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Alien Fish Escape Threatens Native Species

AUSTRALIA - An exotic fish species, commonly kept as a tropical aquarium fish, has been discovered in the wild for the first time in New South Wales.

NSW Department of Primary Industries (DPI) fisheries ecosystem research technicians discovered six live Platys at Medowie, when undertaking survey work in a drainage channel at Ferodale Park, near Newcastle.

"The Platy is native to northern and central America and is known to have been introduced to 18 other countries. It has previously been found in creeks around Brisbane and far North Queensland.

"While these fish may look cute, this discovery is concerning as it is a new alien species which has been either purposely or accidentally released into the waterway," ," said Primary Industries Minister Ian Macdonald

Platys have a high reproductive rate and if they breed and spread they have the potential to impact native fish species by competing for food and habitat. There is also concern that they may spread disease and parasites to native aquatic life.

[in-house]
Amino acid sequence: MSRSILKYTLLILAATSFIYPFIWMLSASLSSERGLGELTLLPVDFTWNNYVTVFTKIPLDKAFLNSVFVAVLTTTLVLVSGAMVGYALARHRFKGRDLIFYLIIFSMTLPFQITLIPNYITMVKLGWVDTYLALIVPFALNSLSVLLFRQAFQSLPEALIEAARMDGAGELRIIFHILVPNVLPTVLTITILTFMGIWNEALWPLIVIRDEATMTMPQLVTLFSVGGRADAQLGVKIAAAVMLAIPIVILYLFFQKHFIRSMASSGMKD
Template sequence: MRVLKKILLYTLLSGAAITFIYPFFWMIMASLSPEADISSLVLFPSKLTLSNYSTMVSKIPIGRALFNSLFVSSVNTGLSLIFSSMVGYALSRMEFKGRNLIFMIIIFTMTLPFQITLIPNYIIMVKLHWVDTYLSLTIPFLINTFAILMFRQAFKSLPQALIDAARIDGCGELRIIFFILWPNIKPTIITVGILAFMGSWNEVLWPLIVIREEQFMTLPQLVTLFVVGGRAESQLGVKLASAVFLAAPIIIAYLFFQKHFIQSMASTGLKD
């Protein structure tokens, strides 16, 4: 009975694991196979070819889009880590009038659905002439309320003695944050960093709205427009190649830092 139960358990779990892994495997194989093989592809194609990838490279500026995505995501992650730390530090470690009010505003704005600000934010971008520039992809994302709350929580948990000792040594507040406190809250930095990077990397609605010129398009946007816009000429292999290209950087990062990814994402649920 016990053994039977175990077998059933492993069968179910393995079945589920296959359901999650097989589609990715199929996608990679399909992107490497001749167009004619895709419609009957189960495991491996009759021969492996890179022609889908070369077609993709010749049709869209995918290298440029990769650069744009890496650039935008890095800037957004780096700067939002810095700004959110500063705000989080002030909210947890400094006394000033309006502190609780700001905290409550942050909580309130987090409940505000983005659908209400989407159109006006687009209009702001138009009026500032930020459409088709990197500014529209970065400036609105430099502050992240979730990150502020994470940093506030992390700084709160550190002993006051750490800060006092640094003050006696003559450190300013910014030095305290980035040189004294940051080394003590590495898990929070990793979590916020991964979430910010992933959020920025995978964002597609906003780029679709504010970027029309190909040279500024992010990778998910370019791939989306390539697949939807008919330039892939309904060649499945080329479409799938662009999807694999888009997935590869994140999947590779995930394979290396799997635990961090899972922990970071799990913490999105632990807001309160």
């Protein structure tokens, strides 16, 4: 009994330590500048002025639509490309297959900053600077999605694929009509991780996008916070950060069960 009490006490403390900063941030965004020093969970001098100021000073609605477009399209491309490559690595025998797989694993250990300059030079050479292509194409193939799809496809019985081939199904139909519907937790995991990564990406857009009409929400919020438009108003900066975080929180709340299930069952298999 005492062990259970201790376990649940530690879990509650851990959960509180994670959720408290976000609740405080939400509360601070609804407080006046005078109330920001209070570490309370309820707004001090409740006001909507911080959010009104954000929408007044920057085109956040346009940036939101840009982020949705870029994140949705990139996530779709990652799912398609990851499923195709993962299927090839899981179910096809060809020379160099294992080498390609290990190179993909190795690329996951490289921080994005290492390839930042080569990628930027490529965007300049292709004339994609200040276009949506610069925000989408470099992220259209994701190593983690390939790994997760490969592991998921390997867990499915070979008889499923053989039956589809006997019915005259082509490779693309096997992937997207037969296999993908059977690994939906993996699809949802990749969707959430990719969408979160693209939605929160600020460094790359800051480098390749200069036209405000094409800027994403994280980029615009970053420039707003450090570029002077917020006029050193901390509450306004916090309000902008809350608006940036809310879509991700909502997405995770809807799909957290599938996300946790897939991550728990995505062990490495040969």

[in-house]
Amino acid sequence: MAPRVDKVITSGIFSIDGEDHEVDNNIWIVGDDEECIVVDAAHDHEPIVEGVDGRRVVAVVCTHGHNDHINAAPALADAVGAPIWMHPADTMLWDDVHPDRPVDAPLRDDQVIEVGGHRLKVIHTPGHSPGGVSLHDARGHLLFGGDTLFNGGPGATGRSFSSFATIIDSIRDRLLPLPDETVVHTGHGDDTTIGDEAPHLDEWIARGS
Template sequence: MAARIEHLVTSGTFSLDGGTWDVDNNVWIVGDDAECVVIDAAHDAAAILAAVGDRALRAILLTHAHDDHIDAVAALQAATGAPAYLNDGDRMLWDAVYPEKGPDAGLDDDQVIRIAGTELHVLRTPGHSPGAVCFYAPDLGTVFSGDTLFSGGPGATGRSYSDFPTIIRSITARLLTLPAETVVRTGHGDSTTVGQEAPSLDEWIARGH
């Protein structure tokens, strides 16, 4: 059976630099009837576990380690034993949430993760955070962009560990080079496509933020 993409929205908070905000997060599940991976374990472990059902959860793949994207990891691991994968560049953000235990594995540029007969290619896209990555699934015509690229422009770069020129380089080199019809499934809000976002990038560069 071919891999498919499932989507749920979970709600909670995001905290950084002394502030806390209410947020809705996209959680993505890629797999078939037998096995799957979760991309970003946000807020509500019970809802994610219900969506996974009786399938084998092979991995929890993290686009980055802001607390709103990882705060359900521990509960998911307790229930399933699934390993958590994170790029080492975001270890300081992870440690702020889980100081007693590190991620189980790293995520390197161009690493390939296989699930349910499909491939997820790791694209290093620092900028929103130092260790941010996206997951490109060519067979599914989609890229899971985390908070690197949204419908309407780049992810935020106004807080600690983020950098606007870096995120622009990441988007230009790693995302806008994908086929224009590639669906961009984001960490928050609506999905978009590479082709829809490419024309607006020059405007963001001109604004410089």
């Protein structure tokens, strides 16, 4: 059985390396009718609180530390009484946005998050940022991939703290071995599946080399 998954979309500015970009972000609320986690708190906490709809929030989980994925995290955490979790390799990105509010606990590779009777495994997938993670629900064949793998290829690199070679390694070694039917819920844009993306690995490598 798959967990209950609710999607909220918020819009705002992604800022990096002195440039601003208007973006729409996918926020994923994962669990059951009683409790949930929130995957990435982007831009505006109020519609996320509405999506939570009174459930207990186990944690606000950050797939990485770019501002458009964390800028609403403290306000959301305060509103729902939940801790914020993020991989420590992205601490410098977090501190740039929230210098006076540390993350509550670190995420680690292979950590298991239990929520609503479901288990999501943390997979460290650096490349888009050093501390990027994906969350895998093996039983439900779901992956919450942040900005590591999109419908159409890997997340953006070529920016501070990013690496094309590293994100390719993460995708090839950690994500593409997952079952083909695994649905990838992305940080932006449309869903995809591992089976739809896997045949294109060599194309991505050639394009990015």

DPI is now investigating how the Platys got into the Campvale drain, the artificial channel that leads into Grahamstown Dam - Newcastle's main water supply. It is conducting surveys within the drain and Dam in a bid to find the source. MInister Macdonald also said that the waterways in the area are also affected by the invasive noxious weed, Alligator weed, another exotic pest.

"The keeping of aquatic plants and ornamental fish in aquaria or ponds is popular, but it is vitally important these organisms are never released into any waterways. Exotic fish and plant species have the potential to devastate the environment and native species, and cost millions of dollars to control," he added

NSW applies heavy penalties for the illegal release of live fish and aquatic plant species into water courses.

Ellen Hardy

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